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So I don't actually like the permanent portfolio idea very much. It's done very well in the last 15 years or so, because gold and bonds have been on a tear; and I like that it requires yearly rebalancing as well. But it's got a few major problems with it:
1) Gold is an entirely unproductive asset, and I think big allocations of it (like the 25% that the permanent portfolio recommends) are going to be a huge drag on any portfolio. It doesn't throw off yield, and if it doesn't deliver capital gains then it's just sitting in your portfolio depreciating.
2) The portfolio as a whole is massively short interest rates. Gold, cash and long bonds are all direct or indirect bets on interest rates going down. In an environment of rising interest rates (like the one we're headed for in a few years), this portfolio is going to dramatically underperform.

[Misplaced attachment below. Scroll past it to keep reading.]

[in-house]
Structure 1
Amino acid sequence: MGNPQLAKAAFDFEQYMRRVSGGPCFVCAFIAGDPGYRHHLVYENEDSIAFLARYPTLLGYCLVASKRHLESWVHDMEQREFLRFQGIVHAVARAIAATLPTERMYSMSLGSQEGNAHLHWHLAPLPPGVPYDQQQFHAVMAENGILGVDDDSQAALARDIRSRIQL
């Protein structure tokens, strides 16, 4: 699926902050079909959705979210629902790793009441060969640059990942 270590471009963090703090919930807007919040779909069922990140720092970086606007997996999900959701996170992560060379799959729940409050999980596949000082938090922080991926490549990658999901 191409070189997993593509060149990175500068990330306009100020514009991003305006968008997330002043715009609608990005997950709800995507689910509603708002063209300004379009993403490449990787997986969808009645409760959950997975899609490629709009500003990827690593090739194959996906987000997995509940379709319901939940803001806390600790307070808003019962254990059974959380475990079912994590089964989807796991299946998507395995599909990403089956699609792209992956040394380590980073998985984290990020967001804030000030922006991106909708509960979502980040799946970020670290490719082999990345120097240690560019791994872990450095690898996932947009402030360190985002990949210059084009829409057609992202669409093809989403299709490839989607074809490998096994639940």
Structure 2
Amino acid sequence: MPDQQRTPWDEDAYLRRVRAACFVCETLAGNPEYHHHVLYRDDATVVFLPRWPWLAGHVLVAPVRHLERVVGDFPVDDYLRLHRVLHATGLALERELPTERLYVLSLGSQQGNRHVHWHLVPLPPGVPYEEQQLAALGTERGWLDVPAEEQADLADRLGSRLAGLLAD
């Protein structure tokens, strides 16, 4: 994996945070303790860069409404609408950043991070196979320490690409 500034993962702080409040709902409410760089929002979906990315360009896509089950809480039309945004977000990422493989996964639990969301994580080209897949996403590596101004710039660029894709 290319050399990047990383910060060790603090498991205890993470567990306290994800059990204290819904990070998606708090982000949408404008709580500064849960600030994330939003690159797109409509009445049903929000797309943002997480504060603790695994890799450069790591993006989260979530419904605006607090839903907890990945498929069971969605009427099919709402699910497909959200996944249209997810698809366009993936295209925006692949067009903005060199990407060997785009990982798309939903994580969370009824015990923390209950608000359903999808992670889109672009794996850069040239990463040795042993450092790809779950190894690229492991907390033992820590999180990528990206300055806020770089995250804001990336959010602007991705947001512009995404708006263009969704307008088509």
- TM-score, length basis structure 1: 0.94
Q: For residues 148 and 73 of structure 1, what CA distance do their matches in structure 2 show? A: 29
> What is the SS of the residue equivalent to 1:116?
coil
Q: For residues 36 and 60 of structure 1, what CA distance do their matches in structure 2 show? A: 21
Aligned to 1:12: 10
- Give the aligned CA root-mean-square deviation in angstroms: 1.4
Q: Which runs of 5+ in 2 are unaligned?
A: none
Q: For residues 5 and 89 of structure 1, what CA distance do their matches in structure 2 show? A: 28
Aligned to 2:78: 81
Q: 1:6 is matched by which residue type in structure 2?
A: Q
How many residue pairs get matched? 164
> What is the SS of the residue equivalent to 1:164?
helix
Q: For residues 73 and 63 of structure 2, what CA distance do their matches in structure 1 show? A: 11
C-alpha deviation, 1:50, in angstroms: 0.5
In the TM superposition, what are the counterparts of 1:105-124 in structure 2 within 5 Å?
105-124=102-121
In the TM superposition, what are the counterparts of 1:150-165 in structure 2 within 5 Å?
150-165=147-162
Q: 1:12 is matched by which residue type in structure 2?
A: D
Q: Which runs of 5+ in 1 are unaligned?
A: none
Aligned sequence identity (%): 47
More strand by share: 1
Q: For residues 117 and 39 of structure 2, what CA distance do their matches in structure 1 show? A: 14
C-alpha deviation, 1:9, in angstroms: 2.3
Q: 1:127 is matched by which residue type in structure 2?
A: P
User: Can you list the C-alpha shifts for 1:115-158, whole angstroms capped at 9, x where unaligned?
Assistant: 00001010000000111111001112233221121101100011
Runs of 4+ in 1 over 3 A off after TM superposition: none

3) A 50% allocation between bonds and cash is going to struggle to outperform inflation in the long run (especially if you're in Singapore, where real interest rates seem to be chronically negative). And don't say "but gold is an inflation hedge!" - over the long term, gold matches inflation, it doesn't outperform it. Stocks are a much better inflation hedge; over the very long term, gold returns 0% inflation-adjusted, but stocks return 5-7% inflation-adjusted.
I think a 60-40 stocks-bonds mix (or the old "110 minus your age") is a much better bet if you want to retire on that money. If you really must have some of the yellow stuff in your portfolio, 2-5% is fine, but don't expect it to do anything spectacular for your retirement returns; frankly I think it's going to print $600 before it prints $2000.
Well… I gonna hijack this thread since I think gold is worthy of more a little bit more attention in a portfolio